About the Loyalton Learning Landscape
Protecting vital natural and cultural resources
- 142 acres in Loyalton, Sierra County
- Protected by Conservation Easement in 2014
- Rare or Threatened Species: Yellow Warbler, Bald Eagle, Golden Eagle, Northern Harrier, Sandhill Crane
- Protected for: Kids in Nature, Agriculture, Open Space, Wildlife, Water
- Outdoor classroom for Loyalton schools
- Landowner: Anne Chadwick, regional conservationist, writer, and agriculture advocate
Water & Ecology
The 142-acre ranch protects scenic open space on the edge of Loyalton, a small town about a 45 minute drive from both Reno and Truckee. Three diverted channels of Smithneck Creek, an important tributary to the Middle Fork Feather River, flow through the property creating wet meadow and riparian habitats with dense willow stands, sedges, and cattails.
Flora & Fauna
The Loyalton Learning Landscape is home to Rainbow Trout, American Dippers, songbirds including Yellow Warblers and Bullock’s Orioles, many raptor species, including Bald and Golden Eagle, Northern Harrier, Ferruginous Hawk, Rough-legged Hawk, and a host of other wildlife species. The ranch is centered in Sierra Valley and is an Audubon designated Important Bird Area. Montane meadow, wetlands, and pasture lands provide migratory and winter habitat for the Truckee-Loyalton Mule Deer Herd.
Culture & Agricultural Heritage
Since 2014, the property has been integrated into academic programs at both Loyalton Elementary and Loyalton High schools. As a hands-on field campus, teachers and students work with our Learning Landscapes Coordinator, FRLT staff, and partners to manage and maintain a creekside trail and outdoor seating area next to the fields and irrigated pasture of the ranch. A long-time local ranching family manages agricultural production of the property, producing hay and beef.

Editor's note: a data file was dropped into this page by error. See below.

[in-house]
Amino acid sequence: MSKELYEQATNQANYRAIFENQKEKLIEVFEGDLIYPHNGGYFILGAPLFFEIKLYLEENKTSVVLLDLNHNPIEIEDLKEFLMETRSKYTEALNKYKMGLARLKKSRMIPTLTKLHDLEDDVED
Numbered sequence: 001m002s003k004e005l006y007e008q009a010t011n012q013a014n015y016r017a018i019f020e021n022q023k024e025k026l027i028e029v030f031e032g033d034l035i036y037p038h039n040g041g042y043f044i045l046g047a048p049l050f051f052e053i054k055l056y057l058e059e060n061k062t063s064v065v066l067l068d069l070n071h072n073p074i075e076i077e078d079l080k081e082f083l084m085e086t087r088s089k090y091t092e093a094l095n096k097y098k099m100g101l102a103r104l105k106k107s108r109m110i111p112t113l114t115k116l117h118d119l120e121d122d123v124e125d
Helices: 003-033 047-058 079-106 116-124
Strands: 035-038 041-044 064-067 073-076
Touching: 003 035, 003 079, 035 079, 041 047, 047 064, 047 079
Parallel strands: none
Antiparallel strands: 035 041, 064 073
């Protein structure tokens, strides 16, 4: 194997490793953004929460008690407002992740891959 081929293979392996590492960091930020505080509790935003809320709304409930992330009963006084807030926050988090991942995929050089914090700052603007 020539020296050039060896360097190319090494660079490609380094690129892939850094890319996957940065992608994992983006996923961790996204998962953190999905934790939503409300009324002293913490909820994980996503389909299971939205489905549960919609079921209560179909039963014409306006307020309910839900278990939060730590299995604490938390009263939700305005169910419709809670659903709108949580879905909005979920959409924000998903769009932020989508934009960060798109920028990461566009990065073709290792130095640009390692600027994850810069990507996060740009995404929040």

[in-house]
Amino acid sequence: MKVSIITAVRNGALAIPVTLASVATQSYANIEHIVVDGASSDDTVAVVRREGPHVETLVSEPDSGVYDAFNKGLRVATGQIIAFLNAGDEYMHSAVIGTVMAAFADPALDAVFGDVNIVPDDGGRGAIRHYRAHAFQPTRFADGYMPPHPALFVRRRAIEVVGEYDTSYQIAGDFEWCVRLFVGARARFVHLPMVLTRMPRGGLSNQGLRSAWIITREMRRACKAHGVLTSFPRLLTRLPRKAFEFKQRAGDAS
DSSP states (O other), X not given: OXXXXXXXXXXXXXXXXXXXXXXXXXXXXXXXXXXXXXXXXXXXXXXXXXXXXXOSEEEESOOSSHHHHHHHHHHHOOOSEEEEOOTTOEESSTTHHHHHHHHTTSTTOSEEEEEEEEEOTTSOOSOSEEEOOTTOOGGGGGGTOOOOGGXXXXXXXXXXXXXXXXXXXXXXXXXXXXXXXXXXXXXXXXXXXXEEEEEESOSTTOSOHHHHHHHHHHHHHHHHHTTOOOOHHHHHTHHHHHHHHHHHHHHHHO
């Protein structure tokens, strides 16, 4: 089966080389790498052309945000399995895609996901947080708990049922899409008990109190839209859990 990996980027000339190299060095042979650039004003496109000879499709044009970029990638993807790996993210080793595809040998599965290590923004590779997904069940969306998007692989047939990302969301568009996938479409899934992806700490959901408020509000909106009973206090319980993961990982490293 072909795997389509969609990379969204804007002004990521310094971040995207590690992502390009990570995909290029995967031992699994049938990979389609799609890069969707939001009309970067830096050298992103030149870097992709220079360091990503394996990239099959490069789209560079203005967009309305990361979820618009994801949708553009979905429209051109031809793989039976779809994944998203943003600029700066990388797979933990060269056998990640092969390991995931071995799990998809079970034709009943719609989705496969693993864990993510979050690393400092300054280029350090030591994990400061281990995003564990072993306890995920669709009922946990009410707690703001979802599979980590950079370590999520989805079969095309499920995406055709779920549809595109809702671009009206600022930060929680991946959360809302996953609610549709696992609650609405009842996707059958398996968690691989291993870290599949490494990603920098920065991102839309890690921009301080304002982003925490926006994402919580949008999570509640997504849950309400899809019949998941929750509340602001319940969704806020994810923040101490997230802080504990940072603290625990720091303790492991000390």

Working together to protect the Loyalton Learning Landscape
We conserved the ranch in 2013 through a unique partnership with the landowner Anne Chadwick and Loyalton schools as part of FRLT’s Learning Landscapes Program. The purchase of the conservation easement was made possible with generous funding from the Sierra Nevada Conservancy, Northern Sierra Partnership, Hind Foundation, and the Gimbel Foundation. Preliminary conservation work was generously supported by the Mellam Family Foundation, Firedoll Foundation, Morgan Family Foundation, and FRLT members.
Now, more than ever, we need your support
Help us protect critical open space, outdoor classrooms, and working ag lands.
Agriculture & Land Stewardship
The Loyalton Learning Landscape is managed for sustainable agricultural production, meadow and riparian habitats, and school use. The easement differentiates three distinct habitat zones:
- Education and Habitat Zone 1: This zone is fenced off for student learning and management as a natural meadow ecosystem.
- Education and Habitat Zone 2: This zone is a shared zone for agricultural production and student learning and restoration projects.
- Agricultural Zone 3: This zone emphasizes agricultural production and stewardship and is managed by the ag leaseholder.